Instead, both announced their return to Baylor prior to the deadline, solidifying the Bears as a top three team in the preseason. Both cited the chance to win a national title when announcing their respective decisions to return to Waco, and they put Baylor in the mix with Gonzaga and Villanova in the battle for preseason #1.
Whether they can deliver on that or not remains to be seen, but now that the Bears return virtually everyone from last season’s 26-4 team, they’re on the extremely shortlist of favorites.
Sport of college basketball
One of the byproducts of having so many high-caliber players return to school is that the level of play we can expect see in college basketball should be extremely high. Last year, level of play suffered across the sport as many of these decisions went the other way, leaving some teams shorthanded. This year, there are a number of teams that are LOADED.
Having great teams (with great players) makes college basketball more fun, and it’ll be even more fun considering how many there are and how many games there will be between them.
The NBA pre-draft process wasn’t a total loss for Stanford as All-Pac-12 performer Oscar da Silva opted to return to school, and pairing him with five-star freshman Ziaire Williams ensures the Cardinal will be fun to watch and should have them be an NCAA Tournament team.
That said, losing point guard Tyrell Terry really hurts them. Terry is a borderline first round pick (I have him going in the 2nd) and wasn’t a sure bet to leave. They don’t have any obvious candidates to step up and replace his offensive production or steadiness at the point guard position. With him, the Cardinal looked like a top 20 team – maybe even a top 15 team – and could have been the favorites in the Pac-12. Instead, they won’t be ranked in the preseason top 25 and might be a step behind the top tier in their conference.
Washington State Cougars
Washington State is the only team on this list in either section that didn’t really have a great chance to make the NCAA Tournament. That said, they were in a position to finish with a winning record for the first time in a decade and be relevant in the Pac-12 for the first time since the Tony Bennett era.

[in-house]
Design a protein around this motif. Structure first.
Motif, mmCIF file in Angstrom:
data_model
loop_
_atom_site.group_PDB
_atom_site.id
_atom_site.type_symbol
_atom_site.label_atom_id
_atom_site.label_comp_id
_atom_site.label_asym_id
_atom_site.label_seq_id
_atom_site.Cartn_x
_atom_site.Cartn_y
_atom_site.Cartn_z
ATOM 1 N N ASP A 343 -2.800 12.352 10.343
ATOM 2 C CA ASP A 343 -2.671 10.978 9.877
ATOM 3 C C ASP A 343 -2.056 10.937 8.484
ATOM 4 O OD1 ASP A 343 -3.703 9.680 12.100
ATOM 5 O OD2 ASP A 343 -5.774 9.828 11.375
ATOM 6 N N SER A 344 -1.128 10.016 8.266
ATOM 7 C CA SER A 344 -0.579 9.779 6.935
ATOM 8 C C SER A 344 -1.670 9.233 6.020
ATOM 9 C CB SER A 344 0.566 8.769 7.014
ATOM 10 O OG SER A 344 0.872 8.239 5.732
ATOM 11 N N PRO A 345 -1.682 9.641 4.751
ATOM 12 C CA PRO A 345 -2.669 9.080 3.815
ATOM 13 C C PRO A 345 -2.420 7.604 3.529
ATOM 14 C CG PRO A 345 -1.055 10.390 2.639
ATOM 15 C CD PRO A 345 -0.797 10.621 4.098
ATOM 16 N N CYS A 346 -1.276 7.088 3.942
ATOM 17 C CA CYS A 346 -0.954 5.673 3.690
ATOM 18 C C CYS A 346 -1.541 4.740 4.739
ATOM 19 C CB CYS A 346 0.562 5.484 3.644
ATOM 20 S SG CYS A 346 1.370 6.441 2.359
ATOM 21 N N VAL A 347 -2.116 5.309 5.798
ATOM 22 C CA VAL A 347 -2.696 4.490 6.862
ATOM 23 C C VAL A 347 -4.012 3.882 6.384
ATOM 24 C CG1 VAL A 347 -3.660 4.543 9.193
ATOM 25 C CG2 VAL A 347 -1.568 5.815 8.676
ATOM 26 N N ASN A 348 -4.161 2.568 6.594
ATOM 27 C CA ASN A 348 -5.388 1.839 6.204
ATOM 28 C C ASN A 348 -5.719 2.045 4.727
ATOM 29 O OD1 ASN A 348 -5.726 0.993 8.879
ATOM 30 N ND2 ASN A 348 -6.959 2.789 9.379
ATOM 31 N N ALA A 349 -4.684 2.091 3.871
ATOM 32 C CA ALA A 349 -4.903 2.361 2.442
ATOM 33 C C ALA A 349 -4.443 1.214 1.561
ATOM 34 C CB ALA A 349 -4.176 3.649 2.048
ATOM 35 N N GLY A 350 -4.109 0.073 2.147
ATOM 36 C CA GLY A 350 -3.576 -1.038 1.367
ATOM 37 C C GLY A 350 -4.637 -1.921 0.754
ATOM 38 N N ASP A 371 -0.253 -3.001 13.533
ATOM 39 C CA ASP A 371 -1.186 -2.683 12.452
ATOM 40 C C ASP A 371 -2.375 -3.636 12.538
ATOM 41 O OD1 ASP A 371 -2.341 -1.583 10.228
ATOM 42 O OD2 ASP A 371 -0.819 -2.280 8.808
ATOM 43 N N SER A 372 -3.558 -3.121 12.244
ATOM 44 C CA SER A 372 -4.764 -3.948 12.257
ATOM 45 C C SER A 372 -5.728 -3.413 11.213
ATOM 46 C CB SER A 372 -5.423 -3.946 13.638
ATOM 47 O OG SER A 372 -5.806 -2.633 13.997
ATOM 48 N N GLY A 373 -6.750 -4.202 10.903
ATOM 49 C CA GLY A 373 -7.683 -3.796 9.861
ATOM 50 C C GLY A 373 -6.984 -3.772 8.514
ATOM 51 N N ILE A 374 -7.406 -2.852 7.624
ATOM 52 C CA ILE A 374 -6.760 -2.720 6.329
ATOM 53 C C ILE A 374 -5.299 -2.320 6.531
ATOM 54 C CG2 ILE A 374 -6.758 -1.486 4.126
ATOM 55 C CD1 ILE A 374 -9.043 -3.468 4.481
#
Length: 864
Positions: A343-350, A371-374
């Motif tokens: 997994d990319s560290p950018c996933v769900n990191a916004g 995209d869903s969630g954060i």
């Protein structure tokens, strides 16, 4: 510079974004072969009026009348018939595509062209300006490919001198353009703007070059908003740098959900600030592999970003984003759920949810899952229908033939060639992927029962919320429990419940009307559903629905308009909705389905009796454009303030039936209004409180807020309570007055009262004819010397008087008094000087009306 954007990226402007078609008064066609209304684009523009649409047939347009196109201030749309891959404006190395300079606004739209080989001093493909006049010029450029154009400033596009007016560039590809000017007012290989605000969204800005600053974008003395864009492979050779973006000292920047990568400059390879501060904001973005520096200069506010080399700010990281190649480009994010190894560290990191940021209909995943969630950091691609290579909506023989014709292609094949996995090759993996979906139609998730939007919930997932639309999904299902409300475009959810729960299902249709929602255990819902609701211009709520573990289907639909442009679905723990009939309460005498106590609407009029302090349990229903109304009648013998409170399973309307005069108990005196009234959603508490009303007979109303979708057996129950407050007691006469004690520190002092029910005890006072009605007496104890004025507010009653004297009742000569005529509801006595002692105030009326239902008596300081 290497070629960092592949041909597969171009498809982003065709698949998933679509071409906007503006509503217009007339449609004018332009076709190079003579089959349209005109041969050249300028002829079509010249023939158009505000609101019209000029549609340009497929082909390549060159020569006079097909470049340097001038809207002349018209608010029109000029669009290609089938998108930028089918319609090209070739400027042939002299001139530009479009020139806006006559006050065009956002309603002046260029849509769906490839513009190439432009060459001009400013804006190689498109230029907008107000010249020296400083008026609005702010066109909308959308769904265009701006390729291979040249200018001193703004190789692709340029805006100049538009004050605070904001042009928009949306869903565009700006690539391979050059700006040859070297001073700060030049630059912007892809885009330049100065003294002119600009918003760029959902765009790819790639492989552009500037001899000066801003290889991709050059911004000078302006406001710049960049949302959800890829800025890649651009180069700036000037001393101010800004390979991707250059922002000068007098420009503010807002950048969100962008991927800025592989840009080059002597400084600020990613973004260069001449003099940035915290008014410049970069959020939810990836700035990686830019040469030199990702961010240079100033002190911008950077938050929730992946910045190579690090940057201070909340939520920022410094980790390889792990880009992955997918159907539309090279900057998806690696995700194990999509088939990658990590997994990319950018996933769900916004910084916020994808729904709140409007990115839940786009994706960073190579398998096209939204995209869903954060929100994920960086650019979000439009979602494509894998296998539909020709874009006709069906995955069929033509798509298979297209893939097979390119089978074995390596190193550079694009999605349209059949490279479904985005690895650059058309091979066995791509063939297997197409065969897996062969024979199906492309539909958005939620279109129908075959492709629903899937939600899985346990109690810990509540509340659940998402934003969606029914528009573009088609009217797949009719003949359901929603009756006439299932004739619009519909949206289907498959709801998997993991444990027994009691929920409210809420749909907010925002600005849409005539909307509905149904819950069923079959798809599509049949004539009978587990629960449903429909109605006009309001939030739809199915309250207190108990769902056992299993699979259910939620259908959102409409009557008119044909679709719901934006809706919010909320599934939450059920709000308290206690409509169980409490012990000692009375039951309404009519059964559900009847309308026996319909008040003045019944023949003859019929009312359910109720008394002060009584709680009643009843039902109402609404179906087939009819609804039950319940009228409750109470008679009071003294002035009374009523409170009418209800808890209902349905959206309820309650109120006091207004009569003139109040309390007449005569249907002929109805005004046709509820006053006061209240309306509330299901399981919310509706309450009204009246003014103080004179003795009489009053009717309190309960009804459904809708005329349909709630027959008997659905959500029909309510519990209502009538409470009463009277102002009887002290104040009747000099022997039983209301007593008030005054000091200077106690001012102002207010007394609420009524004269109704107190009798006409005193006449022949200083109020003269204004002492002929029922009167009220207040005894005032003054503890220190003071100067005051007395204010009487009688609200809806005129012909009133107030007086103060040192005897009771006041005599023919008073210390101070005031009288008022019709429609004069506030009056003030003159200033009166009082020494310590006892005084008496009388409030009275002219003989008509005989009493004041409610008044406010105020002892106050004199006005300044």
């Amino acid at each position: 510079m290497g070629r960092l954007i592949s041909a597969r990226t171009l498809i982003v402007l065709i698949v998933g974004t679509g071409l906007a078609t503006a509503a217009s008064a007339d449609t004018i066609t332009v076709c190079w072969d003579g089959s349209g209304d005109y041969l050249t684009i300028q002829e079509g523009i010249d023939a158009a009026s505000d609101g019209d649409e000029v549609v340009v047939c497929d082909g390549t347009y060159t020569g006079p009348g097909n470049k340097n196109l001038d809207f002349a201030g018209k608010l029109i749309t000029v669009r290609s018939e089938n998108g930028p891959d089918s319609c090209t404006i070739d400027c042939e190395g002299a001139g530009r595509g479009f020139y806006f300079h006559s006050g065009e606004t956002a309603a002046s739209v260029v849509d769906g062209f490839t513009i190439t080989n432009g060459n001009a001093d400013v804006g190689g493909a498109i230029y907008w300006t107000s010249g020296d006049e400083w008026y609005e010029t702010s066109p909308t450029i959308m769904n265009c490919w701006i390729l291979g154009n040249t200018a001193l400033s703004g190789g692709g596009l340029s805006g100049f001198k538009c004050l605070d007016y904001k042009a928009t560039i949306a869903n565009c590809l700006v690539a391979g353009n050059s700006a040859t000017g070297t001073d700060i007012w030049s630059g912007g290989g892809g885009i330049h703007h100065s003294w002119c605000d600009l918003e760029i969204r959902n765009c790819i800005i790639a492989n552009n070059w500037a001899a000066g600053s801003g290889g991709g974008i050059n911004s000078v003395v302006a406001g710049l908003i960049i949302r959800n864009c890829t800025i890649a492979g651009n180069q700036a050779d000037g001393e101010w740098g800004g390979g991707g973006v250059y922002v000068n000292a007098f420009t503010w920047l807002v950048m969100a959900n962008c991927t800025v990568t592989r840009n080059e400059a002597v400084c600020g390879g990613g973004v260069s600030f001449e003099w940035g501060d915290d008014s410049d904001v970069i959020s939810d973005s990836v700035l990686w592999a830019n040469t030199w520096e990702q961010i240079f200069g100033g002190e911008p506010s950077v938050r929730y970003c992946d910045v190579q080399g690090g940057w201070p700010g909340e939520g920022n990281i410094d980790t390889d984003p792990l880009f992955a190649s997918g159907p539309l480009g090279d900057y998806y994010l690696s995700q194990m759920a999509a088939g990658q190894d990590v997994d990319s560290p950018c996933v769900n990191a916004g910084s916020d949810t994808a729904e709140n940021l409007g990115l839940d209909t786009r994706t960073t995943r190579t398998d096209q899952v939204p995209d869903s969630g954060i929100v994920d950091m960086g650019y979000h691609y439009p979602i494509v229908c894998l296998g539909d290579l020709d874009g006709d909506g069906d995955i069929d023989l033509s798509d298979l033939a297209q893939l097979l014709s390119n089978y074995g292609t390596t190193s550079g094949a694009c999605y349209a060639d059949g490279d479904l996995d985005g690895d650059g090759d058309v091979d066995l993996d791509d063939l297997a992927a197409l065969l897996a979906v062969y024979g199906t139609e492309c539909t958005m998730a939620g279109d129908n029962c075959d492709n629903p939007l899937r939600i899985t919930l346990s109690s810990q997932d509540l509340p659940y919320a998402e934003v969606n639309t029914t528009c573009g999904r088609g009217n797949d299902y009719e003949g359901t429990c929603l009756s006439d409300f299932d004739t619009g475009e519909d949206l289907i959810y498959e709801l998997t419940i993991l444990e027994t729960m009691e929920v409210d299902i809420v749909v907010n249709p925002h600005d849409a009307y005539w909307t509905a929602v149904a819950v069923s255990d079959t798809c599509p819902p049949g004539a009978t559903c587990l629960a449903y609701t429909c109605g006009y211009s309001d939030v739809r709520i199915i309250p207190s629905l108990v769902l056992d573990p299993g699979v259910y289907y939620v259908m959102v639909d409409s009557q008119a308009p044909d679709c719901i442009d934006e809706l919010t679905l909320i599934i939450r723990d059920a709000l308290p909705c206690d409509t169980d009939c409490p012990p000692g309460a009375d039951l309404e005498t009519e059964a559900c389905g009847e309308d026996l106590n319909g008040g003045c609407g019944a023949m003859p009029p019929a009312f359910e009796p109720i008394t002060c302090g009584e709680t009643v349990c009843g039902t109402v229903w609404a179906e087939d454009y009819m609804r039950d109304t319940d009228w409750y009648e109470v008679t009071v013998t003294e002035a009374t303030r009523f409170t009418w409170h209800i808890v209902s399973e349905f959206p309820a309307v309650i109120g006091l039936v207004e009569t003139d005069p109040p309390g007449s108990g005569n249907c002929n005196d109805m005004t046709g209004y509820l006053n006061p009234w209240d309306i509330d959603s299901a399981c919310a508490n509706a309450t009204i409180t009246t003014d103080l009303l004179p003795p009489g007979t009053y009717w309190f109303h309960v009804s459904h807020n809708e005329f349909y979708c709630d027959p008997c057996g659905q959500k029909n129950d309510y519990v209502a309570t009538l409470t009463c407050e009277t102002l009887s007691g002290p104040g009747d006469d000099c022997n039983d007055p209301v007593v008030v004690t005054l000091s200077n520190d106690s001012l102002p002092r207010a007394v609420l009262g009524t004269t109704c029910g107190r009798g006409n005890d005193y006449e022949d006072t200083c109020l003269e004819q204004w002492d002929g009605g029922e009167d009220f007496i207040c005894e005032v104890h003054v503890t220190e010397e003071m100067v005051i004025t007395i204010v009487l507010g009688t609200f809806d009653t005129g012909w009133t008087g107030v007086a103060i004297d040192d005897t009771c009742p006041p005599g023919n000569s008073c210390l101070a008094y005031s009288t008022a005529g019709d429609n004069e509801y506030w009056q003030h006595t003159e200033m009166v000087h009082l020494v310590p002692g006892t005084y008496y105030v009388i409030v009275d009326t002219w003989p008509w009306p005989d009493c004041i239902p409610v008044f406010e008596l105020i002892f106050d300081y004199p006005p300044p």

Wazzu will likely end up sniffing around the basement of the conference standings again following star CJ Elleby’s decision to remain in the NBA Draft, however.
Elleby was expected to return as he isn’t widely thought of as a first round pick, and his departure is a significant blow to the Cougars. The 6-6 wing led Washington State in every statistical category but assists a year ago. He would’ve been a preseason All-Pac-12 selection and been the driving force behind what could’ve been a big step forward (relatively speaking) in head coach Kyle Smith’s second season. Instead, the Cougars won’t have their best talent to rely on.
Delaware Blue Hens
Delaware is not a traditional NCAA Tournament team with just one appearance in the Big Dance since the turn of the century, but they were the clear favorites in the CAA until star Nate Darling opted to remain in the draft.
The Canadian led the Blue Hens with 21 points per game while making 40 percent of his three-pointers a year ago. Now, Delaware is unexpectedly looking for a new go-to guy – something that became harder after Justyn Mutts (the team’s second leading scorer last year) transferred to Virginia Tech.
The Blue Hens are still among a crowded group of favorites in the CAA, but they certainly aren’t the favorite anymore.
Michigan State Spartans
I debated whether or not Michigan State deserved to be on this list because, well, there are extenuating circumstances surrounding Xavier Tillman’s decision to stay in the NBA Draft.
He’s not projected to be a first round pick, but Tillman does have two children and earning a paycheck becomes a LOT more important when you have a family to care for. But, in the weeks leading up to his decision, there was a sense (maybe a hope among those in East Lansing) that he would return for his senior season.
That return would’ve bolstered Michigan State into the preseason top 5 and solidified their place as the clear favorite in a loaded Big Ten. The Spartans will still be a top 15 team without Tillman, but having him would’ve put them in the elite stratosphere.
Brian Rauf is a college basketball writer for HeatCheckCBB.com. His content has been featured by Sports Illustrated, Bleacher Report, and FanSided, among other publications. Rauf is also a current USBWA member and Rockin’ 25 voter.